A school built in Gaza using German funds is educating their students on hatred and violence for Israel and providing children with military training.

At the end of March, a Hamas-affiliated news agency distributed a video showing a Palestinian teacher indoctrinating school children with hatred for Israel and support for an armed struggle against it.

The teacher used the letters of the Arabic alphabet as a didactic tool to teach them “the fundamental Palestinian national principles” even before they learn to read.

The video did not specify the name of the school; however, data collected by the Intelligence and Terrorism Information Center indicated that the video was taken from inside the Rudolf Walther School in Deir al-Balah, which was constructed with money from a German donor.

The school complex is made up of an elementary school for boys, an elementary school for girls, and a high school for boys. All fall under the jurisdiction of the ministry of education in Gaza, which is a branch of the Palestinian Authority (PA) ministry of education.

According to reports, the boys’ elementary school promotes its objectives to educate “correct values and to inculcate the awareness and concept of a flourishing Islamic homeland” on its Facebook page.

Additionally, the school produced a video in 2013 showing students training for fitness, drilling, shooting, and dismantling and assembling weapons.

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There is nothing new about this, nor is it only a German thing. The UK government has been funding Jew hating indoctrination in Palestinian schools for years. A great deal of the money donated by Western governments to the PA is spent on terrorist armaments and activities.

Liberman’s First Challenge

By Caroline Glick

Last week, a mob of 300 Muslim men in southern Egypt stripped a 70-year-old Christian woman naked and paraded her through the streets.

This Islamist atrocity came a few days before an EgyptAir flight from Paris exploded in the skies near Alexandria. It was the second passenger jet bombed by jihadists in Egypt in recent months.

Egypt is hanging on by a thread. Like the attack that downed a Russian passenger jet over Sinai last October, this week’s attack is likely the work of an Egyptian airport employee. It is yet more proof that nearly three years after the military deposed the Muslim Brotherhood’s jihadist government, the Brotherhood’s supporters remain seeded throughout the country and are capable of threatening the regime and the very survival of the Egyptian state.

It isn’t in the least surprising that Islamists have this power. Most Egyptians support them.

In the parliamentary elections four-and-a-half years ago, Islamists won more than 65 percent of the vote. Those were the most open elections in Egyptian history.

Given their strength, it is far from certain that President Abdel Fattah al-Sisi will long succeed in preventing the most powerful and populous country in the Arab world from becoming another branch of Islamic State.

From Israel’s perspective, how this battle pans out is of pivotal importance. But you wouldn’t know it from the media – or from our national security leaders.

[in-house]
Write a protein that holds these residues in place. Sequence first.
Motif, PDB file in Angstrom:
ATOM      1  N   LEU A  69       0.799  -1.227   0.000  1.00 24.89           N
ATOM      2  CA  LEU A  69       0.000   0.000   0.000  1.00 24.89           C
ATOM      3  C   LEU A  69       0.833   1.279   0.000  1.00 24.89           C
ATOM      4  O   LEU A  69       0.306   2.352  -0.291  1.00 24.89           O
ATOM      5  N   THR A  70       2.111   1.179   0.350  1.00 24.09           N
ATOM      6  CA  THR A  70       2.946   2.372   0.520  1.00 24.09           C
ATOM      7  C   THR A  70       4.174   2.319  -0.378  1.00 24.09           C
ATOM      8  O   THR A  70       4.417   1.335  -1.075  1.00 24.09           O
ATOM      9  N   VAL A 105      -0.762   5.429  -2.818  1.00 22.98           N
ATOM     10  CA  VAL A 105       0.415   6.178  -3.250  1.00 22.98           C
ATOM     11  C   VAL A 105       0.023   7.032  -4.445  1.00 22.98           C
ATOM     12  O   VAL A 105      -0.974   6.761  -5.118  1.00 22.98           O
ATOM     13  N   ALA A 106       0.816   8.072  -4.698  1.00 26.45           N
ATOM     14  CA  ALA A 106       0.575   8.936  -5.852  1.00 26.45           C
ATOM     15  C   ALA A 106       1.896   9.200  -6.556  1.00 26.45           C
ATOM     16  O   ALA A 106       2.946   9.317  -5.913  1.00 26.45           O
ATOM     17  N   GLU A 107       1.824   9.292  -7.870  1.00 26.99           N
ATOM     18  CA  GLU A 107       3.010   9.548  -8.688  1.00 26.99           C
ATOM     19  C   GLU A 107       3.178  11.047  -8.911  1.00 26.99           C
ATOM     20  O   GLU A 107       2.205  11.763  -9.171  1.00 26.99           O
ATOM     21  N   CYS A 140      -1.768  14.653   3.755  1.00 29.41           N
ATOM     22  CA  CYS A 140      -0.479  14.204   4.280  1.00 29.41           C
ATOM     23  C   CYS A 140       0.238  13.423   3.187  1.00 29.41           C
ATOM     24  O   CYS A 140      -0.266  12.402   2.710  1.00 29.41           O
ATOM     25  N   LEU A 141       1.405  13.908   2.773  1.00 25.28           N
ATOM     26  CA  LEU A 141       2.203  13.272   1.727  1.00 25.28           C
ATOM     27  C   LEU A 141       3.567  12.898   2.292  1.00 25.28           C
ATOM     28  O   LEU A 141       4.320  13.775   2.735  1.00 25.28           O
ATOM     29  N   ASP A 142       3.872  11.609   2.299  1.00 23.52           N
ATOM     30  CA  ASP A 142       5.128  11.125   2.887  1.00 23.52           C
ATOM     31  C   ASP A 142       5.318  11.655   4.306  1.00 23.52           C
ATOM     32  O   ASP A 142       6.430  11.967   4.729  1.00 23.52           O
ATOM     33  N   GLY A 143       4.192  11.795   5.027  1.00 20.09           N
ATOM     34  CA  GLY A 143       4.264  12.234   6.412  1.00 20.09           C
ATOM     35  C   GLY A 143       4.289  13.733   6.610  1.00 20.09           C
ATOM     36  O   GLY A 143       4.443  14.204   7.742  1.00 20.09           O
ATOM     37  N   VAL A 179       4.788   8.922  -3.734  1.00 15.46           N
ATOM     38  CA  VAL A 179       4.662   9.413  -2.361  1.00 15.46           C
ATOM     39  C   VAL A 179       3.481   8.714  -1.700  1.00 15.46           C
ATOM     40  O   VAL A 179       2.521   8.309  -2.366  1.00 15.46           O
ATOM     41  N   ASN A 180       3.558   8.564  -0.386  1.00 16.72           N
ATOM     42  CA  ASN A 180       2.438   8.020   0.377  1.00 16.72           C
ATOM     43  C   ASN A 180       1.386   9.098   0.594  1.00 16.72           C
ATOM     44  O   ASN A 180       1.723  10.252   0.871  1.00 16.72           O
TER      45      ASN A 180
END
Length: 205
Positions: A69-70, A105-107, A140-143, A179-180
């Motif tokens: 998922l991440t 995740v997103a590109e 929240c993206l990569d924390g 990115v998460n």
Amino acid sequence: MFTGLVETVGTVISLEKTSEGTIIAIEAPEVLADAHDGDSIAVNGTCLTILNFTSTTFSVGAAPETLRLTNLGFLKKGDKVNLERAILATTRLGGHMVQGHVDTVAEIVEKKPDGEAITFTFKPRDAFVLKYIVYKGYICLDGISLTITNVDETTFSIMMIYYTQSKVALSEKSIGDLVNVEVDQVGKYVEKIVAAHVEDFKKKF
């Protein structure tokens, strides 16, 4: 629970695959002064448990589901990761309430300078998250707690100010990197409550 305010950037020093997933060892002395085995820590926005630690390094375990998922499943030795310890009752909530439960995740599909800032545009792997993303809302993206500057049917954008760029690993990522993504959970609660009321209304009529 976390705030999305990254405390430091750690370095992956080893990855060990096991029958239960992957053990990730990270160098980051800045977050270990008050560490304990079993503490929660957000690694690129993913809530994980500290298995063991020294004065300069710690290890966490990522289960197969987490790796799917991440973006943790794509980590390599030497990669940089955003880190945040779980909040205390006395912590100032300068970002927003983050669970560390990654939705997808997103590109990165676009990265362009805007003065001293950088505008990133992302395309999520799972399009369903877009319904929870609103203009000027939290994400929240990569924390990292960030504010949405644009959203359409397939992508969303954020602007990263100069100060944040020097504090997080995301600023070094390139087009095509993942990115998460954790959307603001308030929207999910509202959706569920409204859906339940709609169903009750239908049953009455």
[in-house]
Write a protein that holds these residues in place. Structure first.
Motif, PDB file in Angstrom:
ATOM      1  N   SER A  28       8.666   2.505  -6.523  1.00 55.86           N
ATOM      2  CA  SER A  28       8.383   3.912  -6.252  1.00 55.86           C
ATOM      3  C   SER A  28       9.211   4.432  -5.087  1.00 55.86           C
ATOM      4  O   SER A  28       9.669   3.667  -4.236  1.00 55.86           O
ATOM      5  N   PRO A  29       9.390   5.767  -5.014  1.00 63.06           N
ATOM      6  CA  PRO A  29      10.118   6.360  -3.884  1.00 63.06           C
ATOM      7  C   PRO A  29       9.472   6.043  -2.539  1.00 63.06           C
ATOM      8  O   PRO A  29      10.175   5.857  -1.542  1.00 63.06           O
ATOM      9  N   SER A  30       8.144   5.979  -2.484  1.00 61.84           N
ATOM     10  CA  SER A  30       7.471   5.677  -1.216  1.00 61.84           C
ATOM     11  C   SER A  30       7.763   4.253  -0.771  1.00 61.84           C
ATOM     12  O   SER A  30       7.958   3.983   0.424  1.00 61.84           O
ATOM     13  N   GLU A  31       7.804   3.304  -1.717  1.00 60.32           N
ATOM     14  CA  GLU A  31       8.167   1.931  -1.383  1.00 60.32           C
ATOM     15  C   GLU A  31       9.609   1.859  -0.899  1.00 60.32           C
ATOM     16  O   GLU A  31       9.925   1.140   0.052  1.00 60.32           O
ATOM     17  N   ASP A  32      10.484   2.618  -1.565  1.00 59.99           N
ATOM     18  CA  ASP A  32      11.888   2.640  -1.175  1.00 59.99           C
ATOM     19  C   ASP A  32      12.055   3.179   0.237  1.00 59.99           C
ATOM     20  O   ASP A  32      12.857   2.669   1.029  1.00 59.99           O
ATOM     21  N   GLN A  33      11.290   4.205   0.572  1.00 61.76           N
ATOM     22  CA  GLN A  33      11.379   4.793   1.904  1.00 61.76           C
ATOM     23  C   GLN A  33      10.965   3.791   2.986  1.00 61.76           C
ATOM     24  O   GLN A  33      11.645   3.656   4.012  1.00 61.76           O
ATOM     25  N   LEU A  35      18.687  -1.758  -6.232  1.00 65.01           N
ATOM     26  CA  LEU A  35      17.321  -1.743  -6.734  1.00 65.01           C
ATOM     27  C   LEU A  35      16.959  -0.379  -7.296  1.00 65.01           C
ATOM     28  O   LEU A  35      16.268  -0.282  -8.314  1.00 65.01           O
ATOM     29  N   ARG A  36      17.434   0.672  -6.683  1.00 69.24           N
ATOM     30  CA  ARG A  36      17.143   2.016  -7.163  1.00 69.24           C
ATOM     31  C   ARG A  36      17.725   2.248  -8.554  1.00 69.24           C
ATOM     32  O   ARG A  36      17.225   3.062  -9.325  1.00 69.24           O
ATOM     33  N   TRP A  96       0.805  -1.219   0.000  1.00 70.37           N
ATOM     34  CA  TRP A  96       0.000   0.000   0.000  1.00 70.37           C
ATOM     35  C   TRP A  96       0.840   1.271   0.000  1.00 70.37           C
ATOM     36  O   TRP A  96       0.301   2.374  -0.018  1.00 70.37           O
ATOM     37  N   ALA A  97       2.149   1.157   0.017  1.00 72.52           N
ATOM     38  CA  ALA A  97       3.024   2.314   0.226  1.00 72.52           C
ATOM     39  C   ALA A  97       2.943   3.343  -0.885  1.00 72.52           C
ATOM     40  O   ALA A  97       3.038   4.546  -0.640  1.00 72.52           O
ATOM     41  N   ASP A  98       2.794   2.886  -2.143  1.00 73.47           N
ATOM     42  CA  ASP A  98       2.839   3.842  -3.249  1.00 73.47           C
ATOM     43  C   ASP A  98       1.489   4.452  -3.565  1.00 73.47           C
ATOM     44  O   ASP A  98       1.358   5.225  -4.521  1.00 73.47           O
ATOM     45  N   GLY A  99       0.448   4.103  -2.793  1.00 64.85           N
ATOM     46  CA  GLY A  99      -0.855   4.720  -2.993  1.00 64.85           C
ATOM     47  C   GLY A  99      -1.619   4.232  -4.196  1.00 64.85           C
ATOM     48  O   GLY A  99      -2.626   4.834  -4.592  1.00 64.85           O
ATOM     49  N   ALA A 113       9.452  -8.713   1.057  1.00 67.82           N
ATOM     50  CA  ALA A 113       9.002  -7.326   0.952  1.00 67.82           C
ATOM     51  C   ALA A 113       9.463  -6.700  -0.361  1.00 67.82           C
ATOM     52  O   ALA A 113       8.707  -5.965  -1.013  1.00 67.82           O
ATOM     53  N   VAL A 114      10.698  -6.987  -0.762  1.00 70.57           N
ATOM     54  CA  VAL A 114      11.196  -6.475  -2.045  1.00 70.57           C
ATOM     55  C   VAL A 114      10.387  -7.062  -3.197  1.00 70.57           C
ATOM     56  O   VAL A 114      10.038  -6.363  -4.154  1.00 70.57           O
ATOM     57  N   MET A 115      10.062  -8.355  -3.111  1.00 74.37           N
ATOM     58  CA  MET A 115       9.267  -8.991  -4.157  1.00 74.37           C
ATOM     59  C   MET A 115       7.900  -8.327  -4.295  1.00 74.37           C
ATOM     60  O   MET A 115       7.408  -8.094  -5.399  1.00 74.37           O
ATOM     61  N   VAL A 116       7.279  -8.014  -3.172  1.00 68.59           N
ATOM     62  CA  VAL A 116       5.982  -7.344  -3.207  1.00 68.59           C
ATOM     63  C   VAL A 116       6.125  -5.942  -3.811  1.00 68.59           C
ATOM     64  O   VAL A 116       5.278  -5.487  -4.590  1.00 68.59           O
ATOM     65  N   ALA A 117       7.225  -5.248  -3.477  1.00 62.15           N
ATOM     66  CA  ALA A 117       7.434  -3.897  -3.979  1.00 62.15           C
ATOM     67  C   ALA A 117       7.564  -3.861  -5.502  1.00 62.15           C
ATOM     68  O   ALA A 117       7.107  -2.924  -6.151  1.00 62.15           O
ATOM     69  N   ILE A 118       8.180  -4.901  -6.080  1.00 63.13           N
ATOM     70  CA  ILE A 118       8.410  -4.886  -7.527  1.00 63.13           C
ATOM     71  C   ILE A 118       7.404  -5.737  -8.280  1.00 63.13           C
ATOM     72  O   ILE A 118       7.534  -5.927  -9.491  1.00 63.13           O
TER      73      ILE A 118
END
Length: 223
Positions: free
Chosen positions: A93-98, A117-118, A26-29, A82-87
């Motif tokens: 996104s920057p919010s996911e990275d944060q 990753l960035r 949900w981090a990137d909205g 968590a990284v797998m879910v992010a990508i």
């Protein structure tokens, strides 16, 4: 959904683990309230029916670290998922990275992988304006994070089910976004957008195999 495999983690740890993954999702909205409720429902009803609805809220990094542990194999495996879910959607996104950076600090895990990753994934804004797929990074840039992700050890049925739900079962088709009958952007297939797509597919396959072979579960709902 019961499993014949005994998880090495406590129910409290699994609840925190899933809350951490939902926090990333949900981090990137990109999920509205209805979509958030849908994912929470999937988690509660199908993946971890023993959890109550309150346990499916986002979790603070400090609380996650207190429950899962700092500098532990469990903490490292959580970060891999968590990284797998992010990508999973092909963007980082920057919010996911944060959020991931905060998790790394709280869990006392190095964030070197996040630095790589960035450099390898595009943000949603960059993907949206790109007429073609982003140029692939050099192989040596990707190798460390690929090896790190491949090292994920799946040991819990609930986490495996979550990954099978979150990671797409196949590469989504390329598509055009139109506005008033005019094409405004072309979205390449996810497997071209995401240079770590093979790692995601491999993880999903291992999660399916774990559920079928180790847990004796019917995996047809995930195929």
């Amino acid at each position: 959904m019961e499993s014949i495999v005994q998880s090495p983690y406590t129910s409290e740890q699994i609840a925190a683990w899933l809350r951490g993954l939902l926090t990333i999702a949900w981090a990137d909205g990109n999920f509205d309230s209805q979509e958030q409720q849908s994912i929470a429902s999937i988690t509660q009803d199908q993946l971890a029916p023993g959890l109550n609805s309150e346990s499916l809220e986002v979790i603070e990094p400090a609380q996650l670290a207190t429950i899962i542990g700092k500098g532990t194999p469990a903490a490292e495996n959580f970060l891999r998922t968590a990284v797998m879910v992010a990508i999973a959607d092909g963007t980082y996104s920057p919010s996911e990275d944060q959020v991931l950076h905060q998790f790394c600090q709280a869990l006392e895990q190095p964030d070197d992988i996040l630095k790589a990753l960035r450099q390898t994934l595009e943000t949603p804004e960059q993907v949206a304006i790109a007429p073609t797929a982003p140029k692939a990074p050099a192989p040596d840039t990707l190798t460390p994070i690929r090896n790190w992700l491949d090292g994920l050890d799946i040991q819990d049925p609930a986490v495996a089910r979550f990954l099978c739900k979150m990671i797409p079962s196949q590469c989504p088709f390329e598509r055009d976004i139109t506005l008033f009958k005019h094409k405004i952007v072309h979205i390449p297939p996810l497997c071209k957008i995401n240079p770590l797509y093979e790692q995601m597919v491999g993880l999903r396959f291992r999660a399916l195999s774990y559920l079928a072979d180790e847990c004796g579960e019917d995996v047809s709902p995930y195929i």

As far as they are concerned, the gravest threat facing Israel is the Israeli Right. From their perspective, the most significant development of the year was Prime Minister Benjamin Netanyahu’s decision to appoint Avigdor Liberman to replace Moshe Ya’alon as defense minister.

Consider for example a recent national security program on Army Radio.

On Tuesday veteran Arab affairs correspondent Avi Issacharof hosted Egyptian journalist Munib Muhamed on his radio show. Since the show was broadcast two days after the EgyptAir attack, Issacharof might have been expected to ask Muhamed about the bombing.

But then Israel wouldn’t have been the story. Instead, Issacharof asked Muhamed what Egyptians think of Liberman. And again, there was nothing out of the ordinary in his discussion topic.

As the states around us collapse or struggle to survive, our media and our security brass spend the better part of their time telling us that Israeli society is dangerous. Our democracy is in danger. We are dangerous people. And we are making our neighbors angry.

As our elites obsess over Netanyahu’s coalition building and demand that the rest of the world obsess with them, we spend precious little time thinking about the long-term strategic implications of the revolutionary changes happening all around us.

Next week will mark the 16th anniversary of the IDF’s pullout from the security zone in south Lebanon. It will also mark the 16th anniversary of Hezbollah’s takeover of southern Lebanon.

Nine years ago, Hezbollah took control of the Lebanese government. Today the Iranian foreign legion is reputedly also in control of the Lebanese military.

In the 10 years that have passed since the end of the Second Lebanon War, former prime minister Ehud Olmert and his allies in and out of the military repeatedly argued that the quiet that has largely endured along the northern border proves that Israel won the war. Israel, they claimed, restored its deterrence. Hezbollah won’t dare to attack us again.

But it is far from clear that Israel is deterring Hezbollah. Since the war, Hezbollah has amassed an arsenal of 150,000 missiles that it points at Israel. These include precision-guided missiles with a range long enough to destroy targets in southern Israel. Hezbollah has installed a “missile room,” in every house and apartment in southern Lebanon.

Its offensive strategy is predicated on holding Lebanese civilians hostage.

Hezbollah acts this way because it knows that it can depend on the West. If Israel strikes its missiles, and so harms the civilians who defend its war machine, then Europe will condemn Israel and the US will sue for a cease-fire.